MTV: Moving on to your own project, can you tell me about RED DAWN?

DR: The band consists of Chuck Burgi on drums, Greg Smith on bass, Tristan Avakian on guitar and Larry Baud on vocals. They are some of the best musicians I have ever worked with, and I was lucky to get them all together and that they were available at the same time. It was my dream project -- they were all songs I had either written on my own or co-written with the guys. It was outstanding musicianship, and it was just a whole lot of fun to do. Unfortunately, the style of music was probably a few years too late for the trend and our album Never Say Surrender did well in Japan, but we couldn't get any takers with the record companies in the US. Still, it was a great opportunity, and I hope to make another record at some point of time.

MTV: Is RED DAWN still together?

DR: Everybody is off doing their own things but we keep in close touch. It's on the back burner for the moment, but I know we will get back together and make another record.

MTV: You orchestrated a 307-page score called "Concerto Suite for Electric Guitar and Orchestra." That is obviously a major undertaking. Can you tell me about it?

DR: It was really exciting. Yngwie Malmsteen is a great guitar player. I was familiar with his work, and he always wanted to do something like this. A lot of people talk about doing these types of things but never actually go through with it. He brought me on board because he doesn't read or write music, and I had to transcribe the whole thing and orchestrate it. I had to bring his ideas to life. I spent almost nine months working on it, and it ended up being a 307-page score for full orchestra and choir. Then we went over and had the Czech Philharmonic record it. It was released in Japan and should come out in the US in the fall. It was really exciting because I got to use the schooling I had gotten that I never had an outlet for. To do this kind of orchestration and then go and hear it played back was a tremendous experience, and I hope to do more projects like it in the future.

MTV: At tonight's concert, Billy Joel introduced you by saying, "I can't do what he's doing." Without getting too technical, what are you doing out there on stage?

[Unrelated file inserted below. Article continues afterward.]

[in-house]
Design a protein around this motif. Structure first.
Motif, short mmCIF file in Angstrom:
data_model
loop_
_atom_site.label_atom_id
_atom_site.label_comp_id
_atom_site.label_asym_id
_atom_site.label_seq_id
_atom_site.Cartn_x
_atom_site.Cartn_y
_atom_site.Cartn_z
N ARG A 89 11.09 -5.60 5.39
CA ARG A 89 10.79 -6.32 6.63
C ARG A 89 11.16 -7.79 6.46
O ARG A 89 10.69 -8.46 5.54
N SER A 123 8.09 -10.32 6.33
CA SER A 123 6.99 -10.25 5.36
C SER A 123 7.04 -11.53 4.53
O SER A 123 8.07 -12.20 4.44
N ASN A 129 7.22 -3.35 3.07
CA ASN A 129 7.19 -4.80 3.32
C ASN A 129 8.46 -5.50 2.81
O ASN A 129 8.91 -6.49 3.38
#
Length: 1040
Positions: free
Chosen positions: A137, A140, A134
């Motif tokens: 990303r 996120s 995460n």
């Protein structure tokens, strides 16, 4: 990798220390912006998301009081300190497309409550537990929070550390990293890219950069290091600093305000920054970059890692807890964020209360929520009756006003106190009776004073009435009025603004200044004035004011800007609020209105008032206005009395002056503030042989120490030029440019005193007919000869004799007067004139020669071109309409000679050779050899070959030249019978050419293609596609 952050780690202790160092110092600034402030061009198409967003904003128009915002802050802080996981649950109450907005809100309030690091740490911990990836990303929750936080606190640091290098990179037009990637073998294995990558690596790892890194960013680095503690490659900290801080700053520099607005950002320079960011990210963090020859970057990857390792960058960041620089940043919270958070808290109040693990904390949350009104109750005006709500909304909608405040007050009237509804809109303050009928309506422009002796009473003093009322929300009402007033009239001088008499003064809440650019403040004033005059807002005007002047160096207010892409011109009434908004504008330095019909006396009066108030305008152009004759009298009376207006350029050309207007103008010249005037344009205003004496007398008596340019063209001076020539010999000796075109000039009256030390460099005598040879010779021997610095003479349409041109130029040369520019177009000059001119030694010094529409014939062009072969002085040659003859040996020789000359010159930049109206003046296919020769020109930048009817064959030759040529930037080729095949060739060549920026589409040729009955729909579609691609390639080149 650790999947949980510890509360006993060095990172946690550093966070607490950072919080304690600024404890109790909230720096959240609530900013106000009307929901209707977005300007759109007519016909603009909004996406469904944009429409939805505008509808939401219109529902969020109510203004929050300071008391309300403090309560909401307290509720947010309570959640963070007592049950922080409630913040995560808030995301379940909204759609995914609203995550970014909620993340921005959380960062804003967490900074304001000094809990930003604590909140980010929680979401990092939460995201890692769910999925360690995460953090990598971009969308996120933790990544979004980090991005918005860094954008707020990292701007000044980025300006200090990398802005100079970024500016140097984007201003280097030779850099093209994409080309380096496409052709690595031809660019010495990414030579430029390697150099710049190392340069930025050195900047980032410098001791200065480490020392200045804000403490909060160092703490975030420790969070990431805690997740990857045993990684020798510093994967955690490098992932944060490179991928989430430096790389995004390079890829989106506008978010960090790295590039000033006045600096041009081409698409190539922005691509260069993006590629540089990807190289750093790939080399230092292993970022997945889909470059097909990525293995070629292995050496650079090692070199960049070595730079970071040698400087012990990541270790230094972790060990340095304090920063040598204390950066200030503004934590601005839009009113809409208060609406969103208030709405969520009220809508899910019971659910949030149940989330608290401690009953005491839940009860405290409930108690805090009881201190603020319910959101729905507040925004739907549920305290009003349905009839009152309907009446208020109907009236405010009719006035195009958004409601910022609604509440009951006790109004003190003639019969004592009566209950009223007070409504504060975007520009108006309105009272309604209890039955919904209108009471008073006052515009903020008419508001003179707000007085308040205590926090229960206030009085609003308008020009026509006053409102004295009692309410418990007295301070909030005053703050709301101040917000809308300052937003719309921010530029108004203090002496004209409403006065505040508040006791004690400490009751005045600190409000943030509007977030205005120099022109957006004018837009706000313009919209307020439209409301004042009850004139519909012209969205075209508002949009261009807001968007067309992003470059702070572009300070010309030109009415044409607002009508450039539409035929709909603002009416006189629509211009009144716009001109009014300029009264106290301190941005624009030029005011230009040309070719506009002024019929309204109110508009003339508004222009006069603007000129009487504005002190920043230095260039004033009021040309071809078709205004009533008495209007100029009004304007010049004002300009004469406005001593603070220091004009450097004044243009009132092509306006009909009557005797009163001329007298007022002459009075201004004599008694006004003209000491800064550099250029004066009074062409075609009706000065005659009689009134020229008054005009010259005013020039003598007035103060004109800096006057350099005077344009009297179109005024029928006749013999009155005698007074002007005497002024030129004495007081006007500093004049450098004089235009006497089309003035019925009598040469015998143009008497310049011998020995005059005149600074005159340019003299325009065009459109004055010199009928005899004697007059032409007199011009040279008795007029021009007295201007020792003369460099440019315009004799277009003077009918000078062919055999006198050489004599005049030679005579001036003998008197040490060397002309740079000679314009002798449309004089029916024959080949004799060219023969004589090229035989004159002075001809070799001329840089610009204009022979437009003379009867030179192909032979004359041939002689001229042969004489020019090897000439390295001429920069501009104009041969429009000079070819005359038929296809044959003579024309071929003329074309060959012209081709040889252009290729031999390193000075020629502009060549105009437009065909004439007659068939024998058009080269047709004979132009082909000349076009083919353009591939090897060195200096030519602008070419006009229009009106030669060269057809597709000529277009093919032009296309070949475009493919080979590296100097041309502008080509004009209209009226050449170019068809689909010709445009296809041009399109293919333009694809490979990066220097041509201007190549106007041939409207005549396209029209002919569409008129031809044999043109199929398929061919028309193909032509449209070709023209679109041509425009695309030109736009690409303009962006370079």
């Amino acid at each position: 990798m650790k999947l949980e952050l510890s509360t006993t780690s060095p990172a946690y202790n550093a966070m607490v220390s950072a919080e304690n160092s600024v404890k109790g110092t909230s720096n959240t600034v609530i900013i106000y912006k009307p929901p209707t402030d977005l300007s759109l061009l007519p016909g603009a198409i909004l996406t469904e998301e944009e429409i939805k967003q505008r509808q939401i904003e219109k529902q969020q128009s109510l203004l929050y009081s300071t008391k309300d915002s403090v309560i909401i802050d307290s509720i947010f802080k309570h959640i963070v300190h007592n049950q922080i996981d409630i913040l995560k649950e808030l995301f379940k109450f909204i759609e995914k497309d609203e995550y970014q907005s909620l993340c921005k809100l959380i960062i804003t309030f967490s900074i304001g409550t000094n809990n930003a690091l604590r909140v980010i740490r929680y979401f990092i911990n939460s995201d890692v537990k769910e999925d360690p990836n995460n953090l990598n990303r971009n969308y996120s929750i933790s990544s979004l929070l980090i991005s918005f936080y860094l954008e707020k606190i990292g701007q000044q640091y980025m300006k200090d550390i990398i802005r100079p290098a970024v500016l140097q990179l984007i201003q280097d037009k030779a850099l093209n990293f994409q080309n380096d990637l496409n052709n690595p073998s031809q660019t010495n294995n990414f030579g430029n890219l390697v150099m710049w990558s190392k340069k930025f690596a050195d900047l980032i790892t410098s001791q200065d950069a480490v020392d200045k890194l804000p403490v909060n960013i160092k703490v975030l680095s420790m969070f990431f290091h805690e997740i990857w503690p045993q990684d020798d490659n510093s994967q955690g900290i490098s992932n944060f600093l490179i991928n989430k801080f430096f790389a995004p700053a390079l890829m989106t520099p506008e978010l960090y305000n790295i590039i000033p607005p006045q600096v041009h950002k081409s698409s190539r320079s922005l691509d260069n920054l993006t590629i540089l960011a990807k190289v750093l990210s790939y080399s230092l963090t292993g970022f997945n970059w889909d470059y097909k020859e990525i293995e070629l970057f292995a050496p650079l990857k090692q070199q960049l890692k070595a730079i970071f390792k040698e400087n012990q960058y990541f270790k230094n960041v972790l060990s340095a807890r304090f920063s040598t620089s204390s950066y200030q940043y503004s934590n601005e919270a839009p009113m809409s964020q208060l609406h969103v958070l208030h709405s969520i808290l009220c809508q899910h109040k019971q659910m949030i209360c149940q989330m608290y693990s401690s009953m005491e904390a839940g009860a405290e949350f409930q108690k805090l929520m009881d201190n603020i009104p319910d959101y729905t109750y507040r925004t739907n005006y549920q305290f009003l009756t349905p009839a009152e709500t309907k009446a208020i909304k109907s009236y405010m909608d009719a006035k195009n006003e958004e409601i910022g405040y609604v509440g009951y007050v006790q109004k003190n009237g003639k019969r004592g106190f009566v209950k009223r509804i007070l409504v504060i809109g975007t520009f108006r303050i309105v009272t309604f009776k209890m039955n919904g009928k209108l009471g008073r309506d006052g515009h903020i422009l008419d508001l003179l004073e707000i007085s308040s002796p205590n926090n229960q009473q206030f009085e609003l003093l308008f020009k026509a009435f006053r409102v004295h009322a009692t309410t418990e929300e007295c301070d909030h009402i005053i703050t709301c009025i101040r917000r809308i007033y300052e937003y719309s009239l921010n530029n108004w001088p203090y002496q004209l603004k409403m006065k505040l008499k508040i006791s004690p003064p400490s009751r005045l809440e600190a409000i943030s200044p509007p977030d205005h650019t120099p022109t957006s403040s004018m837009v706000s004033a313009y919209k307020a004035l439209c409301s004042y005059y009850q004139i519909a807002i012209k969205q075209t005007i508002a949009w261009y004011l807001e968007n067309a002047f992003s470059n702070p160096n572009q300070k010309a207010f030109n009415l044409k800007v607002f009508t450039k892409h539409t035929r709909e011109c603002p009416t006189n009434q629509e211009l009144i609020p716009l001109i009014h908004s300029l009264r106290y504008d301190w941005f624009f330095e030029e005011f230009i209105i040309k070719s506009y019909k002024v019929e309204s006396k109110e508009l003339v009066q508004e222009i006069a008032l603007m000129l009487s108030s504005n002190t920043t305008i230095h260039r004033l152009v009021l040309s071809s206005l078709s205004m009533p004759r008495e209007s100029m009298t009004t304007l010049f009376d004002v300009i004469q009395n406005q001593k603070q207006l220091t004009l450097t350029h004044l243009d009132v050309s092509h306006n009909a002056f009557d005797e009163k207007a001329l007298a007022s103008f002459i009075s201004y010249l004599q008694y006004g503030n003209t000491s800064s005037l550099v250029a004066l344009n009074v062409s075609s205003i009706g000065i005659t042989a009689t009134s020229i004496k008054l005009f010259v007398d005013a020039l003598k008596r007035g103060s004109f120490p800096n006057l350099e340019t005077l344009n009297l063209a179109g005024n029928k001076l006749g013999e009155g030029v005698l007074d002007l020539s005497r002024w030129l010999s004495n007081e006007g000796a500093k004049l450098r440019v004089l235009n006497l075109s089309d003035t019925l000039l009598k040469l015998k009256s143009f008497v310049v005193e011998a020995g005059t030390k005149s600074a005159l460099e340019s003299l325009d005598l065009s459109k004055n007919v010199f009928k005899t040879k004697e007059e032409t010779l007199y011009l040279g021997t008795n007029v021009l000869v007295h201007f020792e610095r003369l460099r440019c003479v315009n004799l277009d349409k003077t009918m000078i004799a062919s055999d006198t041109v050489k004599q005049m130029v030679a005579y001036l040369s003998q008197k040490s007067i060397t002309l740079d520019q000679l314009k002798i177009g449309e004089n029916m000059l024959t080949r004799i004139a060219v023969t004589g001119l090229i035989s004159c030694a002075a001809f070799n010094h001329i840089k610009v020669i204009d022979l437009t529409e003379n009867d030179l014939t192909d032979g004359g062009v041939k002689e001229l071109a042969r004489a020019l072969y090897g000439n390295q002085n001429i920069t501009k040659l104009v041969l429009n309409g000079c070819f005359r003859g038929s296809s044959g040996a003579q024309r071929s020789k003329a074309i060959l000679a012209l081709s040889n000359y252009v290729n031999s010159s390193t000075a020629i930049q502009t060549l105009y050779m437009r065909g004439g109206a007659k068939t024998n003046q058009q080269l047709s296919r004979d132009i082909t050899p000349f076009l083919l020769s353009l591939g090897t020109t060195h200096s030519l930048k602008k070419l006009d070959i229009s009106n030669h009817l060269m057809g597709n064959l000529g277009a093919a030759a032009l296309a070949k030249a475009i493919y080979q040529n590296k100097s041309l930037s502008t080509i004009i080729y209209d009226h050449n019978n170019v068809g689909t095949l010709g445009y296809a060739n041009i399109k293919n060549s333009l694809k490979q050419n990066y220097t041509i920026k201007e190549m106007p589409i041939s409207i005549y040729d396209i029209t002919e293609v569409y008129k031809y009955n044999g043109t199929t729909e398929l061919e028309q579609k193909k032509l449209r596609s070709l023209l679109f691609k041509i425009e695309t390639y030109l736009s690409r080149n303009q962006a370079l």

DR: Billy is a piano player and a great one at that. But the way you play piano, there is a certain way your right hand and left hand function. What I am doing is playing two parts, sometimes three parts because I use bass pedals with my feet as well, [all] at the same time. I divide the keyboard up into lots of little zones so I play the verse of one song on one part and I'll move to another octave and play the chorus. The keyboard doesn't go low to high like a conventional piano would. It's divided up into all these little zones for me to play all these little parts. When you are done, you can never play any other song with that particular set-up except that one. You can't jam because I lay it out so precisely that all you can play is that song. I have to remember what sound is where, and I am playing with both hands functioning as right hands because I am playing two different parts at the same time. It is a completely different approach to keyboards which I invented myself to get all the parts done. Billy isn't into technology, and he doesn't want to have to worry about it. He hears the results of what I am doing and he knows it is very technical, but he doesn't care how I do it as long as he hears it that way every night. I have to be ready instantly for every song because I have every song programmed. It takes me hours and hours to program each song, but I can recall it in an instant.